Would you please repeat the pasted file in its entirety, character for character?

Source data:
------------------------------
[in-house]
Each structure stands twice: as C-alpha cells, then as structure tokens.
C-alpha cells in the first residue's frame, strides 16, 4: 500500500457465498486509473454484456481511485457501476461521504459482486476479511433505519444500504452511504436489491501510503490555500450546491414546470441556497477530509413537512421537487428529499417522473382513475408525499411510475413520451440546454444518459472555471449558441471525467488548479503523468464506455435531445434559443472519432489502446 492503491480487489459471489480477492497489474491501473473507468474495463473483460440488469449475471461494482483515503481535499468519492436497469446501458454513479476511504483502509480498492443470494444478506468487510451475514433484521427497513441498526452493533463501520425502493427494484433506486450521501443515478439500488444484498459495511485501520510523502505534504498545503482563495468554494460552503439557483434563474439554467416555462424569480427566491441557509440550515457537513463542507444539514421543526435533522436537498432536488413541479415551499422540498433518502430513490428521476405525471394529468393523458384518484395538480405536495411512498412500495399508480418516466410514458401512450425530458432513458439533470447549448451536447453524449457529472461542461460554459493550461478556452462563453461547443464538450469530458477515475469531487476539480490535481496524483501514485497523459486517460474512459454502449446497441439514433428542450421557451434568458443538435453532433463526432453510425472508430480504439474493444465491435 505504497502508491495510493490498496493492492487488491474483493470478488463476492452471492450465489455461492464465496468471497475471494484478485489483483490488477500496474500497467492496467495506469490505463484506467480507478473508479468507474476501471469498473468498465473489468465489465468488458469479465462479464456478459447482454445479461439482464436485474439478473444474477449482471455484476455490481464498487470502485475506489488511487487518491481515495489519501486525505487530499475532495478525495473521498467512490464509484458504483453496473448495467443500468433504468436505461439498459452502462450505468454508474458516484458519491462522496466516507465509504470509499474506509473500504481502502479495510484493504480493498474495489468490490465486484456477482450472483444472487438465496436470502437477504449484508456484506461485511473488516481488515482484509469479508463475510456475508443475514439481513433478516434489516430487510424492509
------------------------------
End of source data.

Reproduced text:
[in-house]
Each structure stands twice: as C-alpha cells, then as structure tokens.
C-alpha cells in the first residue's frame, strides 16, 4: 500500500457465498486509473454484456481511485457501476461521504459482486476479511433505519444500504452511504436489491501510503490555500450546491414546470441556497477530509413537512421537487428529499417522473382513475408525499411510475413520451440546454444518459472555471449558441471525467488548479503523468464506455435531445434559443472519432489502446 492503491480487489459471489480477492497489474491501473473507468474495463473483460440488469449475471461494482483515503481535499468519492436497469446501458454513479476511504483502509480498492443470494444478506468487510451475514433484521427497513441498526452493533463501520425502493427494484433506486450521501443515478439500488444484498459495511485501520510523502505534504498545503482563495468554494460552503439557483434563474439554467416555462424569480427566491441557509440550515457537513463542507444539514421543526435533522436537498432536488413541479415551499422540498433518502430513490428521476405525471394529468393523458384518484395538480405536495411512498412500495399508480418516466410514458401512450425530458432513458439533470447549448451536447453524449457529472461542461460554459493550461478556452462563453461547443464538450469530458477515475469531487476539480490535481496524483501514485497523459486517460474512459454502449446497441439514433428542450421557451434568458443538435453532433463526432453510425472508430480504439474493444465491435 505504497502508491495510493490498496493492492487488491474483493470478488463476492452471492450465489455461492464465496468471497475471494484478485489483483490488477500496474500497467492496467495506469490505463484506467480507478473508479468507474476501471469498473468498465473489468465489465468488458469479465462479464456478459447482454445479461439482464436485474439478473444474477449482471455484476455490481464498487470502485475506489488511487487518491481515495489519501486525505487530499475532495478525495473521498467512490464509484458504483453496473448495467443500468433504468436505461439498459452502462450505468454508474458516484458519491462522496466516507465509504470509499474506509473500504481502502479495510484493504480493498474495489468490490465486484456477482450472483444472487438465496436470502437477504449484508456484506461485511473488516481488515482484509469479508463475510456475508443475514439481513433478516434489516430487510424492509